Ohio House Poised to Pass Stand Your Ground Legislation

Jim Segal of the Columbus Dispatch reports on the impending vote in the Ohio state House on a stand-your-ground law:

House Speaker Ryan Smith, R-Bidwell, said last spring, prior to the legislature’s break for the summer and the fall campaign season, that the House had a veto-proof majority to pass the bill. However, a vote was delayed until after last week’s elections, although a veto from Gov. John Kasich remains a strong possibility. Kasich has been upset that his fellow Republicans in the legislature have refused to act on his proposals intended to reduce gun violence, including a “red flag” provision to allow a judge to order the removal of guns from people deemed a danger.

The Fraternal Order of Police is opposed to the legislation, and the local chapter of Moms Demand Action has been working hard against it. Still, the bill passed out of committee easily and is expected to pass.

LEAP Forward will be scoring action on this legislation and urging opposition.

Texas HB 38 - Requiring Serial Number on 3D Printed Guns

Note: With the midterms in the rear view mirror, LEAP Forward will begin its transition into a site to aggregate stories relating to legislation and political news related to the regulation of firearms. The main goal of this phase of the project is to provide voters a true, reform-based score for each and every legislative body in the country. To that end, I’ll be highlighting key bills in Congress and state legislatures as they work their way through the legislative process, and updating state scorecards accordingly.

The Texas legislature had its first day of bill filing for the upcoming legislative session yesterday, and gun-related bills (both good and bad) were among those submitted. Perhaps the most noteworthy was HB 38, submitted by Democratic Rep. Terry Canales.

 Rep. Terry Canales

Rep. Terry Canales

HB 38 relates to the issue of 3D printed firearms, an issue brought to front burner by a Texas-based company, Defense Distributed. The danger is that the guns are unmarked and untraceable, a problem Rep. Canales seeks to fix legislatively:

"Over the last year, many of my constituents have reached out of my office to talk about the evolving world of 3d firearm printing. Today, I filed legislation requiring anyone who makes or assembles a homemade firearm to apply for a serial number or "other mark of identification" from the Texas Department of Public Safety. This law would also require those who print 3d guns to pass a background check. When I buy a firearm today, I have to get a background check, and I believe this should also be the case for 3d printed firearms. I am a gun-owner and hunter who supports gun ownership and believe that this is sensible legislation that should receive strong bipartisan support."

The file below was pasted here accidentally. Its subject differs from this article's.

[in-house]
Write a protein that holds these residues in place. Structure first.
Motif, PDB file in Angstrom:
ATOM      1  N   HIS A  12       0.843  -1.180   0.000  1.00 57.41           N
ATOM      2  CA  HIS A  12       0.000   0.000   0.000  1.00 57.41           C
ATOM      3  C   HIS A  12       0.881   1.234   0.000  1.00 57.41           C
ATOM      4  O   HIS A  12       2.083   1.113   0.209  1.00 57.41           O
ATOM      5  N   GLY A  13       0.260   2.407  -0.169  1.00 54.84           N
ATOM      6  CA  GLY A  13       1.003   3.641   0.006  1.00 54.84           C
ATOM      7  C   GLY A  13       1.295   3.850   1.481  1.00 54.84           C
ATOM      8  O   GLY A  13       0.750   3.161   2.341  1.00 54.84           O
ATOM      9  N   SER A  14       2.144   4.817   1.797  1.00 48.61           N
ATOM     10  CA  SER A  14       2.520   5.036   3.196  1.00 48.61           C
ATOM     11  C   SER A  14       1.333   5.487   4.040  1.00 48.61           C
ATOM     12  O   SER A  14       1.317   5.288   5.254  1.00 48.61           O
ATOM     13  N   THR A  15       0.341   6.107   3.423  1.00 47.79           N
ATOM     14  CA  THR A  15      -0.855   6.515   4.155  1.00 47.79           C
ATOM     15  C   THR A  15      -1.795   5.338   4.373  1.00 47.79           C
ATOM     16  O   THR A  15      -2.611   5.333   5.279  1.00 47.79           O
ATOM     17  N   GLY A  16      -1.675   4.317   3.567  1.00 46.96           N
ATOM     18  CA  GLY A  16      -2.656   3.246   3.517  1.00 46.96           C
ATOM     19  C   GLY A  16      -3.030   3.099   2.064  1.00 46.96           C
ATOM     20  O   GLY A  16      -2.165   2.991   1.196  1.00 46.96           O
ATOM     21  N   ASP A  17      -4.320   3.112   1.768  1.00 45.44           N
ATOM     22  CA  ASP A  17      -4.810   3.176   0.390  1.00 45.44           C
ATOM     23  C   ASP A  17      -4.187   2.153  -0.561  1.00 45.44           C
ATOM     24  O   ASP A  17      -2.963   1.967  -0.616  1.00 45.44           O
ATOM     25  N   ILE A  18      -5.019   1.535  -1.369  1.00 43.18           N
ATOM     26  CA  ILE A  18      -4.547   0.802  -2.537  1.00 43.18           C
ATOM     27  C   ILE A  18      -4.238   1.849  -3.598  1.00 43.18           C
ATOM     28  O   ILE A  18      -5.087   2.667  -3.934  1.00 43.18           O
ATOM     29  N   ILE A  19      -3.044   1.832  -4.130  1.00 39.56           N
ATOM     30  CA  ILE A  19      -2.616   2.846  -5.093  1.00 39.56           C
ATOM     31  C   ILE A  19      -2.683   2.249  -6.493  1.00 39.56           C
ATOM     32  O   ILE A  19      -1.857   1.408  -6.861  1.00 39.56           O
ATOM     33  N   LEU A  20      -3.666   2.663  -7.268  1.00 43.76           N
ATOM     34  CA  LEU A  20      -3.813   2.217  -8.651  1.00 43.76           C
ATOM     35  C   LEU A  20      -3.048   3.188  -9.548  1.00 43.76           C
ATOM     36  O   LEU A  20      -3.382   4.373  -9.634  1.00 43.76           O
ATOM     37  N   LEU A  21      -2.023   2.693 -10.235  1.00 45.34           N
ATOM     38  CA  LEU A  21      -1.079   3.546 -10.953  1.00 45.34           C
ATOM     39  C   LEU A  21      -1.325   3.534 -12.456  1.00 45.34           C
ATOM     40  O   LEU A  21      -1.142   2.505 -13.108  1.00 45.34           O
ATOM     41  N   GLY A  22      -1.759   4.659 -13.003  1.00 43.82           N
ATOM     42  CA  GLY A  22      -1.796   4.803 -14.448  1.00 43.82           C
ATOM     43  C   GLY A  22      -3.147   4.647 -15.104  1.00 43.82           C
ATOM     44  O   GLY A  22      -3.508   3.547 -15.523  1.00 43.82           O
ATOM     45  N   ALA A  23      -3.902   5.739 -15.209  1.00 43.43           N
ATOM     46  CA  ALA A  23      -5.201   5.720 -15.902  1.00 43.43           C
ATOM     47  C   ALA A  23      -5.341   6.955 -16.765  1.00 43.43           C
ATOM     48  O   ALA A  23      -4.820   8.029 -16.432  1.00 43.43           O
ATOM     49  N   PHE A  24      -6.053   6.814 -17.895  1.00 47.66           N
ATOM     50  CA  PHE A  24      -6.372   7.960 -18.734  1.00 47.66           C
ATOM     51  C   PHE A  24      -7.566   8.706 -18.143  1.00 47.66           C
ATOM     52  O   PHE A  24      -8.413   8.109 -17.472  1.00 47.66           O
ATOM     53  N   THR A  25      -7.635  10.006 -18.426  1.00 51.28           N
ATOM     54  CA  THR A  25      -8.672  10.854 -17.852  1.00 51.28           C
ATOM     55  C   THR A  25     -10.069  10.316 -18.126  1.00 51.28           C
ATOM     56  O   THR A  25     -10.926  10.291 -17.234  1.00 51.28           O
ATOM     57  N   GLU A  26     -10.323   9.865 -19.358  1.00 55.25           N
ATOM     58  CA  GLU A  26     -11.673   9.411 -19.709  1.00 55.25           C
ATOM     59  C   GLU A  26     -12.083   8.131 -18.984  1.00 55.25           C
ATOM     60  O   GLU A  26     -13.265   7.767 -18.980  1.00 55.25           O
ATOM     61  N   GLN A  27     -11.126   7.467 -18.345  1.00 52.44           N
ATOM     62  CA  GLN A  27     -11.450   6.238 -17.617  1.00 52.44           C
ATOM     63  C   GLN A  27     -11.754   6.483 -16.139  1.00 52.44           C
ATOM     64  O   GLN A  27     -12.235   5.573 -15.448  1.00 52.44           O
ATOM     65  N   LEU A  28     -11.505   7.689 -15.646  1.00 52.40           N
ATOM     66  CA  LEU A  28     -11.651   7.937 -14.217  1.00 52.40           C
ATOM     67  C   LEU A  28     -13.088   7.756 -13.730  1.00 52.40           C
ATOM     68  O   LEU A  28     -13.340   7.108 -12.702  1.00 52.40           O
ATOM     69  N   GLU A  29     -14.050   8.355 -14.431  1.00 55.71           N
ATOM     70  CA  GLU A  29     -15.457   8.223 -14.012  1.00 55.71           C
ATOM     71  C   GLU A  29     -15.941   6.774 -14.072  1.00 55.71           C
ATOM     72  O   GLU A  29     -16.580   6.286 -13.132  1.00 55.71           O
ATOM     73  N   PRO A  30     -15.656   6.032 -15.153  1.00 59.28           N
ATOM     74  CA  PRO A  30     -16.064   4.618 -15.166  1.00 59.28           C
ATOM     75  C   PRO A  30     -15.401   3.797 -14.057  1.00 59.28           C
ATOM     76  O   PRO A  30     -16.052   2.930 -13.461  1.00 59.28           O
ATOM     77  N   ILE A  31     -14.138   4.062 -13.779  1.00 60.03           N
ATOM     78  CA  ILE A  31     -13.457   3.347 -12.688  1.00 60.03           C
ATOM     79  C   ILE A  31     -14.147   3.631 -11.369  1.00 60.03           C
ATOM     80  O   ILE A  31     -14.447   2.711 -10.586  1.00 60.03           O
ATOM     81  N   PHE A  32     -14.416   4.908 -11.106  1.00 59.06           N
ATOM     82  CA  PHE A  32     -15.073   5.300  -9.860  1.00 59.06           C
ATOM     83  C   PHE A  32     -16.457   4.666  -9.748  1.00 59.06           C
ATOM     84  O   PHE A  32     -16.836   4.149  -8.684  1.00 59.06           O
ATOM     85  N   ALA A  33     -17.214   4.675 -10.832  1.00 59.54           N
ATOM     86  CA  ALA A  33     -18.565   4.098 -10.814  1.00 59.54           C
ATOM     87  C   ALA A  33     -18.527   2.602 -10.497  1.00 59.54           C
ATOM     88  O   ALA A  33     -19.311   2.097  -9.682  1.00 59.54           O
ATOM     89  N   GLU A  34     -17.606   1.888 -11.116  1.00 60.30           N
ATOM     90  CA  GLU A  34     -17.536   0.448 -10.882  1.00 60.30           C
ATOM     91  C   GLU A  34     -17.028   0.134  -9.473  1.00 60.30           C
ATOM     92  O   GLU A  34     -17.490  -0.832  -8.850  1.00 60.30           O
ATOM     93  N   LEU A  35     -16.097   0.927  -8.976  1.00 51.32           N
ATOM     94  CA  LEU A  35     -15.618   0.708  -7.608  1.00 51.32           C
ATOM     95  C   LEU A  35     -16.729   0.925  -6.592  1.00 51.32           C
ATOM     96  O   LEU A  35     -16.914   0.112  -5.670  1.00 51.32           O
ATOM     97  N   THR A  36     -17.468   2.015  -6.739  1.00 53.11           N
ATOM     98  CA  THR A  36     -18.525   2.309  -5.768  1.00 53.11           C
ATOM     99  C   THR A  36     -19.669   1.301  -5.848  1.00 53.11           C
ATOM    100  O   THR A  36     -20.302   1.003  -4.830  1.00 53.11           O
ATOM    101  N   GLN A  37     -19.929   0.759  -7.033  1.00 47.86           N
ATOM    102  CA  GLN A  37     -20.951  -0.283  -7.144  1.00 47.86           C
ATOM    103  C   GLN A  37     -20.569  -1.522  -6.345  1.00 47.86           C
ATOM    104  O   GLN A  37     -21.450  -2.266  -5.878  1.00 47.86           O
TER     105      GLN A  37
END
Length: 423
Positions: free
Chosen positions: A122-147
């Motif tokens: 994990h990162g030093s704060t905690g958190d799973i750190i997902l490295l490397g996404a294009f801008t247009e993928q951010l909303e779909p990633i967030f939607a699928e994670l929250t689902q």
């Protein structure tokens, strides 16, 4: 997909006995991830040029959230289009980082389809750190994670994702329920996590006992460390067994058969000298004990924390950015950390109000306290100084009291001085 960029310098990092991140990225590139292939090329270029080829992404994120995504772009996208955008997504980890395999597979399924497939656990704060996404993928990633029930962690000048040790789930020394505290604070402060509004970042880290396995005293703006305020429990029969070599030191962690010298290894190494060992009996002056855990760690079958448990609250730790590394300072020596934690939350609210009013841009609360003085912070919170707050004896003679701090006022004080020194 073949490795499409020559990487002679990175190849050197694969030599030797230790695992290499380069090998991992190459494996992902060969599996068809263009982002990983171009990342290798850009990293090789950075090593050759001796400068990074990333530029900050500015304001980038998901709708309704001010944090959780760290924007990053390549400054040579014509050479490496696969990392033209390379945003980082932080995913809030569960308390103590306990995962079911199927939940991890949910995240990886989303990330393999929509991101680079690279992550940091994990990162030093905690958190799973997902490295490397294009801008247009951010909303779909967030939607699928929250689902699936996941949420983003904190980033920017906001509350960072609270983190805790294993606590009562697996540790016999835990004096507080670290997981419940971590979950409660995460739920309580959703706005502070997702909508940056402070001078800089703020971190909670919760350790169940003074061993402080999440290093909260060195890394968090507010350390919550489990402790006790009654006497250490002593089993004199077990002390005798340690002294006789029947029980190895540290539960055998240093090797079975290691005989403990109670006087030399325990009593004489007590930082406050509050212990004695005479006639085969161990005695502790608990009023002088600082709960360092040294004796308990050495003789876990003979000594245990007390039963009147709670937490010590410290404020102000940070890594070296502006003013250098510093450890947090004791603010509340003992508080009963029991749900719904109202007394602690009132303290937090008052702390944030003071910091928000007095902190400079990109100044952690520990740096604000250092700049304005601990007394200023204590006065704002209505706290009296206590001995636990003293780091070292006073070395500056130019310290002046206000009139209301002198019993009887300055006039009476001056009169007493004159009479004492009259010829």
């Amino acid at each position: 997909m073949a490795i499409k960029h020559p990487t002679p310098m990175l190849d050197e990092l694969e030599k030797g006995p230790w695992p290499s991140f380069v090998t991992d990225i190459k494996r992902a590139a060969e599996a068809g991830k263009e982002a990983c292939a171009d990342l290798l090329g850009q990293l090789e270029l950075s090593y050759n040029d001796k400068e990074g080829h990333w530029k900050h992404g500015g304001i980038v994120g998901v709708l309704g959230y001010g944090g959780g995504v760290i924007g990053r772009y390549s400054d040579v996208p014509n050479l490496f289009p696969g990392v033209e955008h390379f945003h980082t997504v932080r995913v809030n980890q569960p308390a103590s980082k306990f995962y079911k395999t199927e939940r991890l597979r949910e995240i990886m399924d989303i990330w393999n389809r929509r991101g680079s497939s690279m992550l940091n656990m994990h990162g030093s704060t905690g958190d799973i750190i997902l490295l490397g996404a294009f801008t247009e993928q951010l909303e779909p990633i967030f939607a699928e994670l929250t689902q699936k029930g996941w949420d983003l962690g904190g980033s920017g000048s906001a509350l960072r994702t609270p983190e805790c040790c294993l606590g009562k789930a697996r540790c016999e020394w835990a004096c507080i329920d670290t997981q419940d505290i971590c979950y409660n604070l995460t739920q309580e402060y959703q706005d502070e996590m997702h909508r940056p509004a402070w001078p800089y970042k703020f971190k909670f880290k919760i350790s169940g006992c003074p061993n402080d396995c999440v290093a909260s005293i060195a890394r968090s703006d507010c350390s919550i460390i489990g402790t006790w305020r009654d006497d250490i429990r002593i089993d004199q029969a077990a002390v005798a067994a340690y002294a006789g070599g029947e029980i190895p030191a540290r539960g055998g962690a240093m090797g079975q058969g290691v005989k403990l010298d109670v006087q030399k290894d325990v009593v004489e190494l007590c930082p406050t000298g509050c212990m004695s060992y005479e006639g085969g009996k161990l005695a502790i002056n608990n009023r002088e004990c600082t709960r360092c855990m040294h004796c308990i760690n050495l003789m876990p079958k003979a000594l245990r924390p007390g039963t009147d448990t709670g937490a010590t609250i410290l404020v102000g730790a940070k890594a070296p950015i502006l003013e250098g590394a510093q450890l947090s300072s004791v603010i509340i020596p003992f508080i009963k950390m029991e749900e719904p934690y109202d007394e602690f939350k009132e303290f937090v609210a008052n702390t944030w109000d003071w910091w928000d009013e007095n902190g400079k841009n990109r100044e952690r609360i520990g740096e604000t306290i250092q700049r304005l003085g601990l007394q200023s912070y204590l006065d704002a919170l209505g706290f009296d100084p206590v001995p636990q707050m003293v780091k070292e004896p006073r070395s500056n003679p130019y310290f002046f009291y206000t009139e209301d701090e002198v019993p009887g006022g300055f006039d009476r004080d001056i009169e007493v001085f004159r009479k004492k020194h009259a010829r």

To be clear, Canales’ bill would not outlaw 3D printed guns. It simply requires them to have a serial number or other identifying mark, and require a background check to be passed by the printer.

NJ Legislature Sends Murphy "Ghost Gun" Legislation
 Seth Wenig | NJ Advance Media for NJ.com

Seth Wenig | NJ Advance Media for NJ.com

[…] both houses of the Legislature passed another gun-control bill Monday, to ban "ghost guns" and 3-D printable guns in New Jersey.

The measure (S2465/A3129) would prohibit the purchase and assembly of untraceable firearm components used to make homemade guns without serial numbers. 

The Senate passed it, 31-0, and the Assembly 68-5, with three abstentions, at the Statehouse in Trenton. [Gov Phil] Murphy must now sign the legislation for it to become law.

The legislation passed amidst Murphy’s continuing push to make New Jersey a leader in gun regulation. He signed a package of six gun laws in June, and has promised “gun safety package 2.0” in the coming months.

LEAP Forward has scored the final votes on S2465.

New Jersey is already ranked #2 among all states for the strength of the state’s gun laws by the Giffords Law Center.